The UK Ministry of Defence (MoD) has reportedly confirmed that the Royal Navy’s fleet of six Type 45 destroyers will undergo a major engine refitting programme after a series of reported blackouts.

The new warships worth £1bn have been plagued with power outages since 2009 when HMS Daring had a blackout in the Atlantic on its maiden trip and developed an engine propulsion problem while being commissioned off the coast of Kuwait.

In 2014, HMS Dauntless reportedly had to leave a training drill owing to power outage.

Fitted with integrated electric propulsion, the 8,000t air defence destroyers are deployed to protect the fleet from any potential air or missile attack and defend Britain’s new aircraft carriers.

Dauntless and Defender were deployed in the Gulf last year to support air strikes against ISIS in Iraq and Syria.

Former naval commanding officer and RUSI senior research fellow Peter Roberts was quoted by The Guardian as saying: "Type 45s continue to be deployed and are very effective but the problem is quite serious.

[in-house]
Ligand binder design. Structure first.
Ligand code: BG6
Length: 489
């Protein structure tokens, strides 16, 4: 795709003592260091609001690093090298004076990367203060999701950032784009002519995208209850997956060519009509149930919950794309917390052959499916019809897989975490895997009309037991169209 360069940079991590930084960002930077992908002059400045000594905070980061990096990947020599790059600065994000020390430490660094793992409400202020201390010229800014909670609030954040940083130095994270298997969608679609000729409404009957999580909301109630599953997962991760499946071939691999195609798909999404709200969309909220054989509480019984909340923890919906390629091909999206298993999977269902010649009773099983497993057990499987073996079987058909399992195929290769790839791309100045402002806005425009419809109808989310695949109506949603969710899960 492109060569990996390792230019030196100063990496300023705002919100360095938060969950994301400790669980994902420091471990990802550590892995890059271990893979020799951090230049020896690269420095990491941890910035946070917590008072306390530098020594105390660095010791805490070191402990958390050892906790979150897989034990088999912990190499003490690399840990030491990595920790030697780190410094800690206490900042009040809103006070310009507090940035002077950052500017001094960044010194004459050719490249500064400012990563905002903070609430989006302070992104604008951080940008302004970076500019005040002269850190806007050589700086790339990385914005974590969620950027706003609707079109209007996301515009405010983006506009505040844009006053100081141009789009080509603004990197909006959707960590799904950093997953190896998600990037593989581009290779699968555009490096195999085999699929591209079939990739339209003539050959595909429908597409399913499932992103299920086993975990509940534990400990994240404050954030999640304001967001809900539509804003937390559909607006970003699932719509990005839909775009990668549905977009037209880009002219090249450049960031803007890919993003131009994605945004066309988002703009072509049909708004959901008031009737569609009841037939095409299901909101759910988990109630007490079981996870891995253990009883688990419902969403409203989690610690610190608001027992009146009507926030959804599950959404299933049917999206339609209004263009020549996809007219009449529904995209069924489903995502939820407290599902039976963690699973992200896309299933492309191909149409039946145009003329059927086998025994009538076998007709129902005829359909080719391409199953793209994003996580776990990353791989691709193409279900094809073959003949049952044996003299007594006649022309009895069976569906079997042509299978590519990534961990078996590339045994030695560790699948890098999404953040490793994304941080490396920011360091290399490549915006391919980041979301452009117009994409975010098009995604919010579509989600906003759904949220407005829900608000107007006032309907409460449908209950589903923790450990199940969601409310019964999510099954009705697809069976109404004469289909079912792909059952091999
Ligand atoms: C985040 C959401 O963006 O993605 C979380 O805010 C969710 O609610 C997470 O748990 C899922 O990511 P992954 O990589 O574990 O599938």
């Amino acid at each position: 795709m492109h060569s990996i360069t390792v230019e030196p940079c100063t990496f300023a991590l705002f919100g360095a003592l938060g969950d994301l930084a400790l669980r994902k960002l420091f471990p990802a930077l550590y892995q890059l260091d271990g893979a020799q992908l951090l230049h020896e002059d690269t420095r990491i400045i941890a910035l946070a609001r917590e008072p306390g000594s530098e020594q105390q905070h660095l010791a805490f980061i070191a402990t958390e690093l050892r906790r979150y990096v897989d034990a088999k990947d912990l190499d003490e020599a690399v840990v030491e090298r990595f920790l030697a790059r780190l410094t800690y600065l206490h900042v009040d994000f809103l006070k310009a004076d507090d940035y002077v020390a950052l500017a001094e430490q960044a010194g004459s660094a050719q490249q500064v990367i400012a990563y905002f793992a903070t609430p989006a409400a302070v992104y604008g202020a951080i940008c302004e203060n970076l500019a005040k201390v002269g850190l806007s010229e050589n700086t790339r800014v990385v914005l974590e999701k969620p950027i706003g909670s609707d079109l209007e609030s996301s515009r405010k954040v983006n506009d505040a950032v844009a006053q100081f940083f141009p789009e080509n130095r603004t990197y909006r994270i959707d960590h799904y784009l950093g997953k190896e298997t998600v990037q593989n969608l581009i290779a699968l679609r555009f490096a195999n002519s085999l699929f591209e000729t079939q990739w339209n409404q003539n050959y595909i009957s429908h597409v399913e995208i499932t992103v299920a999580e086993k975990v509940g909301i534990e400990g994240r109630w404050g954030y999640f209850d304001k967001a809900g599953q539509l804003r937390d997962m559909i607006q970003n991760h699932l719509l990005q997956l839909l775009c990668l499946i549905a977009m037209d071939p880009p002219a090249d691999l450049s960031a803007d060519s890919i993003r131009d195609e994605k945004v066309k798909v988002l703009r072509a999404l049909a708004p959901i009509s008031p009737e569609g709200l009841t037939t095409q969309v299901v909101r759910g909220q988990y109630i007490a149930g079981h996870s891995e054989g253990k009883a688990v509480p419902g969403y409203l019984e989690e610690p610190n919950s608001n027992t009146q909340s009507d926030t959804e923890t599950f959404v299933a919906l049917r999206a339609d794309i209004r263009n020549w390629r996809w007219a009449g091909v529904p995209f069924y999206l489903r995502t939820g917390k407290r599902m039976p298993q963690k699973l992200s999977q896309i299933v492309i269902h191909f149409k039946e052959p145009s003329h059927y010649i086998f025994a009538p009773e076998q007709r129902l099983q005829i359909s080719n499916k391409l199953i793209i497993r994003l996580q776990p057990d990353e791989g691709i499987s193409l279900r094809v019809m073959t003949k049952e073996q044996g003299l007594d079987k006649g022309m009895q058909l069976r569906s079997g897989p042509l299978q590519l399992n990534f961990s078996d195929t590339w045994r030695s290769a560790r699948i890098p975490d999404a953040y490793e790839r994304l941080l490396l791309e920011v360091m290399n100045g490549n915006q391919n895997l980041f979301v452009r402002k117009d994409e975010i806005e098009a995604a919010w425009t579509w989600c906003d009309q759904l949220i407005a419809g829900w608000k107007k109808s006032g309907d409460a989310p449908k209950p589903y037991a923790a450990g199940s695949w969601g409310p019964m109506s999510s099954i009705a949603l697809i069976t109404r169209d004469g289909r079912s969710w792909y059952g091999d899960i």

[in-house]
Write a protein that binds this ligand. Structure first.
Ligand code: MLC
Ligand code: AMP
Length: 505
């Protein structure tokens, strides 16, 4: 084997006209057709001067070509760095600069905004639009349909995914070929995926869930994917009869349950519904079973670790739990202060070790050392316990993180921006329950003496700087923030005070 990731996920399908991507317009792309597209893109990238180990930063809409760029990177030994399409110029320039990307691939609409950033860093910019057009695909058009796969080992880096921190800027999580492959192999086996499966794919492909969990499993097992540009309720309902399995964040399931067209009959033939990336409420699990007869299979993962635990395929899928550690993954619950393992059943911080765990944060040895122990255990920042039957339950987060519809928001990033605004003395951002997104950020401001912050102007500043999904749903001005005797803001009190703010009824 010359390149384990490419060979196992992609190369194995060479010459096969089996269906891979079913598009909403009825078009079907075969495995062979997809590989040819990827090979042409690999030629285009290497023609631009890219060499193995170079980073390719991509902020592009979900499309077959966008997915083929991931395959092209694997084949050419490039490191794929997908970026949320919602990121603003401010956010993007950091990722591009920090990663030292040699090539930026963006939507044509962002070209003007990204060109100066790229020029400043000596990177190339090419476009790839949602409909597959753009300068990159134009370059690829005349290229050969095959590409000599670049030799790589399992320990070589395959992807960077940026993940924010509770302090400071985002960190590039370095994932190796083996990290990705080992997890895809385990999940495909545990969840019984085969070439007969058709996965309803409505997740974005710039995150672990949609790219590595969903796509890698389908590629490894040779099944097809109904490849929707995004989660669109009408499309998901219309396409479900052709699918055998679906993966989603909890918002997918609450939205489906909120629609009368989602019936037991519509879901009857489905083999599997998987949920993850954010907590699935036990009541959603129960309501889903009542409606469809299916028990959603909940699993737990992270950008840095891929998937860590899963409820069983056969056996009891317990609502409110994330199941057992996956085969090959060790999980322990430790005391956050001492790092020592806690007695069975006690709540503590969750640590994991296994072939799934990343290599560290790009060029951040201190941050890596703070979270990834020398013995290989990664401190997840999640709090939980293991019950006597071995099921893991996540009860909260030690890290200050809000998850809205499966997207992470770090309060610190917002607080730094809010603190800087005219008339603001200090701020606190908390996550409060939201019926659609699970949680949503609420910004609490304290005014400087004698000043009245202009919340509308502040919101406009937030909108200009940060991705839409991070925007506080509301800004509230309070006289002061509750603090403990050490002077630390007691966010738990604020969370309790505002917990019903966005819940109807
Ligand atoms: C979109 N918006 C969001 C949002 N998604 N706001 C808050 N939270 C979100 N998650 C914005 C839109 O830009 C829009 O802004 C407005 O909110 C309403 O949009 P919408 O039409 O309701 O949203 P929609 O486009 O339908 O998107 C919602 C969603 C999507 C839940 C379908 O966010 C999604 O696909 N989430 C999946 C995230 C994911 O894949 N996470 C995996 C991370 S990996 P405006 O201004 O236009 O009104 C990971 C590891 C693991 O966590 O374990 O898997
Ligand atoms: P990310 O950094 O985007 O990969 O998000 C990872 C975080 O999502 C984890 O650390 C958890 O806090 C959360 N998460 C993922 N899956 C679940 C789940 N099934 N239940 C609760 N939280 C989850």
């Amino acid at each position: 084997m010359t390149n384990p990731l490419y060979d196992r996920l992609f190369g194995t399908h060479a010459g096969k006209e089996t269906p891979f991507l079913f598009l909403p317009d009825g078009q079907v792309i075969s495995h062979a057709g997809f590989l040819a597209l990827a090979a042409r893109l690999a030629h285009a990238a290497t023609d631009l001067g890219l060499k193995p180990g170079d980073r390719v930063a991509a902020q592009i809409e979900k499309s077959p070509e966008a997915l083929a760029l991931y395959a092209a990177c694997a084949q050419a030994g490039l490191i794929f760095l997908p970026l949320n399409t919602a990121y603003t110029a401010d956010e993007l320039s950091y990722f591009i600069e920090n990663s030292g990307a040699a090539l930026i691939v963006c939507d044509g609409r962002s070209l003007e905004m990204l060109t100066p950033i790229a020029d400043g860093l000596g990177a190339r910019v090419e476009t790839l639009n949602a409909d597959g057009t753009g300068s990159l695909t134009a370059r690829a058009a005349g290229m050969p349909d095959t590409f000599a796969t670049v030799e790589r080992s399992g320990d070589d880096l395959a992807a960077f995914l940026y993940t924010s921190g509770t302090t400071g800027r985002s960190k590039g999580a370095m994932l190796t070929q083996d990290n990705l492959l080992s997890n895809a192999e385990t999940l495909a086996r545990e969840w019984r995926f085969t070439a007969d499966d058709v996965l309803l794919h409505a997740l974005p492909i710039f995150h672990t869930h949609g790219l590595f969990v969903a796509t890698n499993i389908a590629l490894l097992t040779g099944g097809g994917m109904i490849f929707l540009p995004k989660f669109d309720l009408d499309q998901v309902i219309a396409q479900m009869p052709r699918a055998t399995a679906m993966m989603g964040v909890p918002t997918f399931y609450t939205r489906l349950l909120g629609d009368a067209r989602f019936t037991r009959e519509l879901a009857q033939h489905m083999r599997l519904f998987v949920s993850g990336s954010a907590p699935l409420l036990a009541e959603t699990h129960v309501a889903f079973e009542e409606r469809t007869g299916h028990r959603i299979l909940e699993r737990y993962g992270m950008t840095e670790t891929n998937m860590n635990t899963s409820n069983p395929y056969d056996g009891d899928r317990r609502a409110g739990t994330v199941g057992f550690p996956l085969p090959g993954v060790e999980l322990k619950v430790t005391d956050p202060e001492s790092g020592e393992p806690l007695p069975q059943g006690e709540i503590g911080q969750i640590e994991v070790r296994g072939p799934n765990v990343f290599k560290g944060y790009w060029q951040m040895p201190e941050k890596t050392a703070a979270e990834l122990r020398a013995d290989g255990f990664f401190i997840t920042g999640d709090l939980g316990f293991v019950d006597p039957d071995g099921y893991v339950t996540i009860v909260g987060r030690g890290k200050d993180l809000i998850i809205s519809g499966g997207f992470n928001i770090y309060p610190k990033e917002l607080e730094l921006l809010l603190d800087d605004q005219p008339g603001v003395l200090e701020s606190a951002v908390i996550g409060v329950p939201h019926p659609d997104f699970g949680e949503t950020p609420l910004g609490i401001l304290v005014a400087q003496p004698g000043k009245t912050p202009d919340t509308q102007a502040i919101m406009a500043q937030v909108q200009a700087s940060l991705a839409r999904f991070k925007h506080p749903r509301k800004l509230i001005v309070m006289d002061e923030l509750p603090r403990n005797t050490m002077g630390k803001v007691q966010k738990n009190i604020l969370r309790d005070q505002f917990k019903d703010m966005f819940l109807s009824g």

"You cannot be in the Strait of Hormuz, where things can be tense, with the risk of a power failure.

"Type 45s continue to be deployed and are very effective but the problem is quite serious."

"The upgrade is about adding resilience to the ship, it was always thought to be a risk when a ship depended on a high voltage but it is a risk that has come home to roost."

The refitting programme of the warships, which is scheduled to commence in 2019, is expected to cost multimillion-pounds and will involve drilling a hole at the side of the six ships to fit new generators.

Bae systems had been roped in to work with the UK MoD "to deliver improvements to the power generation capability of the Type 45 destroyers".

Rolls-Royce, which engineers the WR-21 marine gas turbine used on the warships, has pledged support to overhaul the performance of the warship’s propulsion system.

Image: HMS Dauntless at Portsmouth naval base. Photo: courtesy of Brian Burnell.